READERS may recall that parts of the tram network in the French city of Bordeaux have a novel surface-contact power supply system known as Innorail, chosen to avoid littering the city centre with overhead wires and masts (RG 2.04 p89).
There was trouble even when President Chirac inaugurated the first section of the 43·7 km network last December, but the issue shot up the city’s agenda following opening on July 3 of the final section of Line B to Pessac. The Innorail equipment caused more trouble, and matters failed to improve over the next few days; services were interrupted for 10h on July 7.
All this was too much for Mayor Alain Juppé, who on July 8 wrote to supplier Alstom demanding at least 95 to 98% reliability by mid-September. The problem centres on the switching boxes set into the track, which have proved to be insufficiently robust and not fully watertight, made worse by inadequate drainage. Philippe Mellier, President of Alstom Transport, promised to have the issue resolved by the end of August. He said teams were working round the clock to replace the boxes, of which there are 980. We understand that they have been replaced at least once already.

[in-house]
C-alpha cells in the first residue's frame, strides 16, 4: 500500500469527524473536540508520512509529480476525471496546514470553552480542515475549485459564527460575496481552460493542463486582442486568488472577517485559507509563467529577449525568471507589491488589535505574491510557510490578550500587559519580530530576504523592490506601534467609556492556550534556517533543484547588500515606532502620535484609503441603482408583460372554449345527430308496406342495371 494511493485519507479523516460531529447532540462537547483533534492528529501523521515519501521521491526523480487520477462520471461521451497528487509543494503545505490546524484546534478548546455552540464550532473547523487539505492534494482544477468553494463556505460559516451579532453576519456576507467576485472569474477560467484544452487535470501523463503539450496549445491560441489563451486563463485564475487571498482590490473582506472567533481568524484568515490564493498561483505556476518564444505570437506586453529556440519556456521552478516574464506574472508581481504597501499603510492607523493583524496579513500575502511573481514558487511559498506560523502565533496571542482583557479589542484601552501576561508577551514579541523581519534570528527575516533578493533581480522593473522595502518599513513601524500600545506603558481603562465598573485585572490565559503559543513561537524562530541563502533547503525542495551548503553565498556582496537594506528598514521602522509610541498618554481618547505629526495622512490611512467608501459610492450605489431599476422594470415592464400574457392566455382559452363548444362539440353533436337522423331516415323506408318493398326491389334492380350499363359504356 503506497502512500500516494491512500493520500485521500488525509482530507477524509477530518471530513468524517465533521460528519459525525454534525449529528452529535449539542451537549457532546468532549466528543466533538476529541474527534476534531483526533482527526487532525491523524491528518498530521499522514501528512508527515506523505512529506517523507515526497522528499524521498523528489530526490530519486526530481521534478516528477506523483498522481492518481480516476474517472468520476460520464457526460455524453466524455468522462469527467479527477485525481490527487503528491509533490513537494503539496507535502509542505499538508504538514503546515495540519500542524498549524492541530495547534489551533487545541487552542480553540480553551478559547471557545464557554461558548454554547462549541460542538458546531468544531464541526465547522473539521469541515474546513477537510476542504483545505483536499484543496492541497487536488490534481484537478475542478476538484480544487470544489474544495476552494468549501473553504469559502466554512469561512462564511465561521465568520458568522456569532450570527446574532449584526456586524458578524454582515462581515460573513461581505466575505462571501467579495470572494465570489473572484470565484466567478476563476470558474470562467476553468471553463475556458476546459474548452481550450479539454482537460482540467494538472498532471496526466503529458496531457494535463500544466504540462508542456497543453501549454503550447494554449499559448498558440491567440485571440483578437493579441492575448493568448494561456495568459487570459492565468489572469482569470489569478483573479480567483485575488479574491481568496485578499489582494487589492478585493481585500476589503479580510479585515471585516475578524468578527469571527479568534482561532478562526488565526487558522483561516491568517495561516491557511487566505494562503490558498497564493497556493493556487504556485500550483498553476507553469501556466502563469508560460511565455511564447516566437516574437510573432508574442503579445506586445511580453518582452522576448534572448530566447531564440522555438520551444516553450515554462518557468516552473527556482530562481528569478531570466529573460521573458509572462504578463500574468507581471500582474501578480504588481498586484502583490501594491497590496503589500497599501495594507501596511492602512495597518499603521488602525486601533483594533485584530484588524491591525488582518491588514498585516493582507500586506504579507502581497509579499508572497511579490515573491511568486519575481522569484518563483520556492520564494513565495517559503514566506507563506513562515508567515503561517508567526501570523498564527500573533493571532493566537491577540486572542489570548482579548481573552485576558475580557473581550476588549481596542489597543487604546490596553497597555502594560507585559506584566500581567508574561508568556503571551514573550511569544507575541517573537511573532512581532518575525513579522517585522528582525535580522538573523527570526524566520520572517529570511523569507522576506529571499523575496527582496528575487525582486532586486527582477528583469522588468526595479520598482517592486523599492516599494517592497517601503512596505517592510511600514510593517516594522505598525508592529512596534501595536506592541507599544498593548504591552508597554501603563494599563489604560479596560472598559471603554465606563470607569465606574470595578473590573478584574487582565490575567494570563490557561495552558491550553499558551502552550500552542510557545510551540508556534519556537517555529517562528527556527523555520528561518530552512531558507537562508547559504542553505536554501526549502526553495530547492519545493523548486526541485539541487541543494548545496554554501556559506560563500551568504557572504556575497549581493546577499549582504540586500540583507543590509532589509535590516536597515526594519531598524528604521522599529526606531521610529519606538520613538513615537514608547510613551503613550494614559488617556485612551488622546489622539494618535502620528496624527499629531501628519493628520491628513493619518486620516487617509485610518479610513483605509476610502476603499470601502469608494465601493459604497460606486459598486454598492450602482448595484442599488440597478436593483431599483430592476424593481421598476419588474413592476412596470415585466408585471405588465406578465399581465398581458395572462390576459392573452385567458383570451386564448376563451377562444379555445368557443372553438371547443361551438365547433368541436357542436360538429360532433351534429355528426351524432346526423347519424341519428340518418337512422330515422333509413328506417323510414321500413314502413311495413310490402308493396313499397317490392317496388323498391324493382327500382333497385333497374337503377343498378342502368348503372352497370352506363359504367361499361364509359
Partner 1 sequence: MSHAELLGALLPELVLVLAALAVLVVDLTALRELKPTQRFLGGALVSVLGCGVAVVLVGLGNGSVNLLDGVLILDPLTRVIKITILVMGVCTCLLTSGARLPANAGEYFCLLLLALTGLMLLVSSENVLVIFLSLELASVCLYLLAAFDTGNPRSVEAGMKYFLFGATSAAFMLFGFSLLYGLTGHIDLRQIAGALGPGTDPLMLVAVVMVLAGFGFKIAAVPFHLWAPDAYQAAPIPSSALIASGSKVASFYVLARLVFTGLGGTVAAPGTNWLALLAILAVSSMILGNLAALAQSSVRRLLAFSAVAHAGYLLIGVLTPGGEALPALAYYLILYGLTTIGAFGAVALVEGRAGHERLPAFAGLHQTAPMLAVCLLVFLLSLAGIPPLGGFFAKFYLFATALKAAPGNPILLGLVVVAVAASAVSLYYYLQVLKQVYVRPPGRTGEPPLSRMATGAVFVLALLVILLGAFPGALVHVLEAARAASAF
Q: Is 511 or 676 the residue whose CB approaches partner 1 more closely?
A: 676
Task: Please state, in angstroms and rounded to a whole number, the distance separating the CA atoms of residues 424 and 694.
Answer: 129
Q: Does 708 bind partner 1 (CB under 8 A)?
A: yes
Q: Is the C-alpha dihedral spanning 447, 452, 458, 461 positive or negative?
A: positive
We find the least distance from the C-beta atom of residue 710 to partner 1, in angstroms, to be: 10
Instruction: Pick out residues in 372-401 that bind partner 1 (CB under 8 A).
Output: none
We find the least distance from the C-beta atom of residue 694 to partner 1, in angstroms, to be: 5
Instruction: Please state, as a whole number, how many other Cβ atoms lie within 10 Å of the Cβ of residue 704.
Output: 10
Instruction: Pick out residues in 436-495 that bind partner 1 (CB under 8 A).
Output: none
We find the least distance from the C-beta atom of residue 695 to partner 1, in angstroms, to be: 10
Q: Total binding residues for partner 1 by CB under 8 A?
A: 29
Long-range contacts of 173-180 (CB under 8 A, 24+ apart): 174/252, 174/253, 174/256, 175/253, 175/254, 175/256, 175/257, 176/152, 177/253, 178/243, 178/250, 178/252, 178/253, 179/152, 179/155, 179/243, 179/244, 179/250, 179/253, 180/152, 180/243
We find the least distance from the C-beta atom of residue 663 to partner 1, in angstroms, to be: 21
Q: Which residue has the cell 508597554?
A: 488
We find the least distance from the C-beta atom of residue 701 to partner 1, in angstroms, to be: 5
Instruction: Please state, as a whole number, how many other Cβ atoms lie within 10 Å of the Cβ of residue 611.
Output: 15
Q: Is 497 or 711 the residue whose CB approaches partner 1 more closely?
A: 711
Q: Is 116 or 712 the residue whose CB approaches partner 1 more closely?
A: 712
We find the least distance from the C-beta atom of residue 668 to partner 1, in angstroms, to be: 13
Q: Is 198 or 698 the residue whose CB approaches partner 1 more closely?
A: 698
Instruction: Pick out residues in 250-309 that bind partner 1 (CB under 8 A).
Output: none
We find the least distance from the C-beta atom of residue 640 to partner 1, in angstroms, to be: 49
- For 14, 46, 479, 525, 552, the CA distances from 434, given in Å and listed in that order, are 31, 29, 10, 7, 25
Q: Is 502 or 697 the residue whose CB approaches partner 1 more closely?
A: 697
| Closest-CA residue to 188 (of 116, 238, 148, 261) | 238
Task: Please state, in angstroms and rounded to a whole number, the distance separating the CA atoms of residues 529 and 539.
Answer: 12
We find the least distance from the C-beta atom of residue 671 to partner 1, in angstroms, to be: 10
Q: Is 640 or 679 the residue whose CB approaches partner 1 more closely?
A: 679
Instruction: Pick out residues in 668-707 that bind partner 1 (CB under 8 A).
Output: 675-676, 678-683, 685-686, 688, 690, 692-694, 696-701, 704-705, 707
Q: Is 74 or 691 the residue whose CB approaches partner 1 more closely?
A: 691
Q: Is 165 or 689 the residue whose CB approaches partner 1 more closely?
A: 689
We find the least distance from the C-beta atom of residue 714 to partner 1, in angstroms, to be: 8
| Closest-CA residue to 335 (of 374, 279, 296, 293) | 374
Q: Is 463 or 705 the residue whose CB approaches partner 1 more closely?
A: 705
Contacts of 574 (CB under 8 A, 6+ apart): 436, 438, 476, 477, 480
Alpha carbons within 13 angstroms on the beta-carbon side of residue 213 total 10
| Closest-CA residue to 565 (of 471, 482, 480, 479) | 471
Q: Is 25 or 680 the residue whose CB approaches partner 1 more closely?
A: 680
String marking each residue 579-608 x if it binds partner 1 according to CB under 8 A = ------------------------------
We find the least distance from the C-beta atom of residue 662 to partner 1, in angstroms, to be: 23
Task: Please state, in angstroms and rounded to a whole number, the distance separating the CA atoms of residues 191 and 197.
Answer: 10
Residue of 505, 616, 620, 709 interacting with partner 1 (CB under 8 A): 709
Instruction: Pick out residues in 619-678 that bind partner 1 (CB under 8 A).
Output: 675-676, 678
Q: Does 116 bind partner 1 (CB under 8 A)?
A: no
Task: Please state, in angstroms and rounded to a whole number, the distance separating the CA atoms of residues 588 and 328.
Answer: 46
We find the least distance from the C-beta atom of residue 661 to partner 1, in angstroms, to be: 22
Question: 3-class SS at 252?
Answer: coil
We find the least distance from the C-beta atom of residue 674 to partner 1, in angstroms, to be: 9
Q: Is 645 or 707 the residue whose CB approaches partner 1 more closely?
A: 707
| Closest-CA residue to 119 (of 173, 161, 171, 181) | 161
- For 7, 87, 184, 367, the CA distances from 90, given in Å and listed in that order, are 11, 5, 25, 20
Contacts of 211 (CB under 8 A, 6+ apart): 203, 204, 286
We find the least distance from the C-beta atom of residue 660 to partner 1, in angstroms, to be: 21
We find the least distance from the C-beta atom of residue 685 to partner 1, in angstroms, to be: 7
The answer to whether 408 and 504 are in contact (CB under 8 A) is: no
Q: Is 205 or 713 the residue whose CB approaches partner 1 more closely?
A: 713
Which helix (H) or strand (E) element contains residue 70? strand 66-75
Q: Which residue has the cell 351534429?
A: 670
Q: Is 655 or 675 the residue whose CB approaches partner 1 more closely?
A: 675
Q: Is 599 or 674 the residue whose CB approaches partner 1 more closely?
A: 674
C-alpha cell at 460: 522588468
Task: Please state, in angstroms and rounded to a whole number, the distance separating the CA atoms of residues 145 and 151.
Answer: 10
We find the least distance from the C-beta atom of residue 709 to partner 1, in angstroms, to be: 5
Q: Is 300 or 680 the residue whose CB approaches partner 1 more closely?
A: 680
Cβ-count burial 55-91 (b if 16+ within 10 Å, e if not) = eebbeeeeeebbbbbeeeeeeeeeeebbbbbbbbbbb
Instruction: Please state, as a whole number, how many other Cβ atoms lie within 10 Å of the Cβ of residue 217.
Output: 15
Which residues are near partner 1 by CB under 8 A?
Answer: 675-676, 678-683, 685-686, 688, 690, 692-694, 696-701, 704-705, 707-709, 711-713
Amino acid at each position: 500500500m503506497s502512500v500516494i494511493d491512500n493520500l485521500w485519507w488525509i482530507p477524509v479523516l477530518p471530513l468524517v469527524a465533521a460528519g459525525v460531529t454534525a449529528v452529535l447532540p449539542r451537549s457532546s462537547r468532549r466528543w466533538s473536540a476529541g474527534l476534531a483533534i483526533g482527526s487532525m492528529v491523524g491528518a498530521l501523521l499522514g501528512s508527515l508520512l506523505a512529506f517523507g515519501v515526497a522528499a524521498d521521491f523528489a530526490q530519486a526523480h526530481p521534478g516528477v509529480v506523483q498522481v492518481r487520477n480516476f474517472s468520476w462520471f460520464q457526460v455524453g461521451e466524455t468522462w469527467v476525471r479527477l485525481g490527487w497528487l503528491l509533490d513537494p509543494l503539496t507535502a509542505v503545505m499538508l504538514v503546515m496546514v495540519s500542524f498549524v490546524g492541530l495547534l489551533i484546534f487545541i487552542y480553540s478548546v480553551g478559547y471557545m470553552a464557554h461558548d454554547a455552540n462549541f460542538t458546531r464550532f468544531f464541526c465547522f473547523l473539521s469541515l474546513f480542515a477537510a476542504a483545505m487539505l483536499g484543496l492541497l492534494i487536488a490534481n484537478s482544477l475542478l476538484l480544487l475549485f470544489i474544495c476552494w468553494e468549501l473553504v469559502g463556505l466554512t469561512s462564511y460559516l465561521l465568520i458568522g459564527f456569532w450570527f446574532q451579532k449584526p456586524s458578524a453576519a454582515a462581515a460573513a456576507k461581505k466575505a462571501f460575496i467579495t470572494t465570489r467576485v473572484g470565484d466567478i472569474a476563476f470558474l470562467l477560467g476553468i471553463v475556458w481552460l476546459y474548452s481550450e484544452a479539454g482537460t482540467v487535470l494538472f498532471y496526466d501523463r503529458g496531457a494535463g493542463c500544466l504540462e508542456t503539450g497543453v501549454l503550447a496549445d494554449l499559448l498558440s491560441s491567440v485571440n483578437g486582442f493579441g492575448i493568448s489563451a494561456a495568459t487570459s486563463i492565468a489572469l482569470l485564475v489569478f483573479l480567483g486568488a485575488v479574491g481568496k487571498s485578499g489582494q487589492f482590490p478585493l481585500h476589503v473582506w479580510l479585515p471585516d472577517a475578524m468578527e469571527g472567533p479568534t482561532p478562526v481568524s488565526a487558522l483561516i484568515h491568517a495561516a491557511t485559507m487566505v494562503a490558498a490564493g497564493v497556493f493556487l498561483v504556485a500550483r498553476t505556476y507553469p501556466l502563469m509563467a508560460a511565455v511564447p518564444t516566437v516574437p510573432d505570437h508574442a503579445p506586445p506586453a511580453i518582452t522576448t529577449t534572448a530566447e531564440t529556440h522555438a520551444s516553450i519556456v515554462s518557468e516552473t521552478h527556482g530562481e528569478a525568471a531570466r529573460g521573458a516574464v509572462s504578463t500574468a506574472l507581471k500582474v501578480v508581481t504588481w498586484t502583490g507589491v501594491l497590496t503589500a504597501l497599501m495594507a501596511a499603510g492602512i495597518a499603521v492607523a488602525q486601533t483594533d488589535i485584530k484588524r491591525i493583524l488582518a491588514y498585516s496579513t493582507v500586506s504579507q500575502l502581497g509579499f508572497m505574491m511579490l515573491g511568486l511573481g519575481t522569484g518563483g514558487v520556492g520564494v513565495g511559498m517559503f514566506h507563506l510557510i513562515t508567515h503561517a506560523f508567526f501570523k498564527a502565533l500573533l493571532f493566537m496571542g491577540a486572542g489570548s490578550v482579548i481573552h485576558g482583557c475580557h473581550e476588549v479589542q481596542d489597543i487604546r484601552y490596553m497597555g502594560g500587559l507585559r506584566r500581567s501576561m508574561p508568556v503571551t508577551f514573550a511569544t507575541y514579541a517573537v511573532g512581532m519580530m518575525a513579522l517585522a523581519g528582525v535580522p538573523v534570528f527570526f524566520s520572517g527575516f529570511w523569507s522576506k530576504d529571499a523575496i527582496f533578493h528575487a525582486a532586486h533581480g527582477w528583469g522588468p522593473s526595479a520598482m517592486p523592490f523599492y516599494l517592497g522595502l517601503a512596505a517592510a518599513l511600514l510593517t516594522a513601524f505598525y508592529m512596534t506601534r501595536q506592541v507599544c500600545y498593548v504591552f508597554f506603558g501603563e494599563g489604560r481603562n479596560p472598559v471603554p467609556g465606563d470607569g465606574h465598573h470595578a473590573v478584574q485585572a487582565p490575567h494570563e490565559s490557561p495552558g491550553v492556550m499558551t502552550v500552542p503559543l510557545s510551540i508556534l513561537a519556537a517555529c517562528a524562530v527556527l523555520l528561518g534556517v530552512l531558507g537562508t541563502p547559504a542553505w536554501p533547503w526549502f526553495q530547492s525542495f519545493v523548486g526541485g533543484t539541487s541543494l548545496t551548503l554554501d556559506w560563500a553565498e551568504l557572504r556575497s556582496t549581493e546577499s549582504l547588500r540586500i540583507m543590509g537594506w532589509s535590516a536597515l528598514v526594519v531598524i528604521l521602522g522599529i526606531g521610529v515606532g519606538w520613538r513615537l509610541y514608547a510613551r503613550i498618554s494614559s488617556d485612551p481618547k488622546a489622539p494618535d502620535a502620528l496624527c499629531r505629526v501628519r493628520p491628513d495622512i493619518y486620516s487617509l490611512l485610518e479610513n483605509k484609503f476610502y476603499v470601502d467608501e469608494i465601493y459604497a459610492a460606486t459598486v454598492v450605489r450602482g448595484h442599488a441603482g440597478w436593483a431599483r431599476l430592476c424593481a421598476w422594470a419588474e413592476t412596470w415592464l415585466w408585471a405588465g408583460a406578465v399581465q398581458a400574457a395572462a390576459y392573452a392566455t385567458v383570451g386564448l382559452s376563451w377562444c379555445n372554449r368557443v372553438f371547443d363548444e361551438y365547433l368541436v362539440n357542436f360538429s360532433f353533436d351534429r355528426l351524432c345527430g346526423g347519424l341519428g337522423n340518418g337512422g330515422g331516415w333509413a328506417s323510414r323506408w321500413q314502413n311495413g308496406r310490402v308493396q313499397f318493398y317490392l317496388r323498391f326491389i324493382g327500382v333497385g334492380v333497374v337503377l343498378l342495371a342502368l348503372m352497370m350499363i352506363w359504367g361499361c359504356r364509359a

What happens if Juppé’s threshold is not attained is not clear, but one proposal would see Innorail abandoned for Phase 2. There is even a suggestion that the existing third-rail sections could be rebuilt with unsightly overhead wires. Oh là là!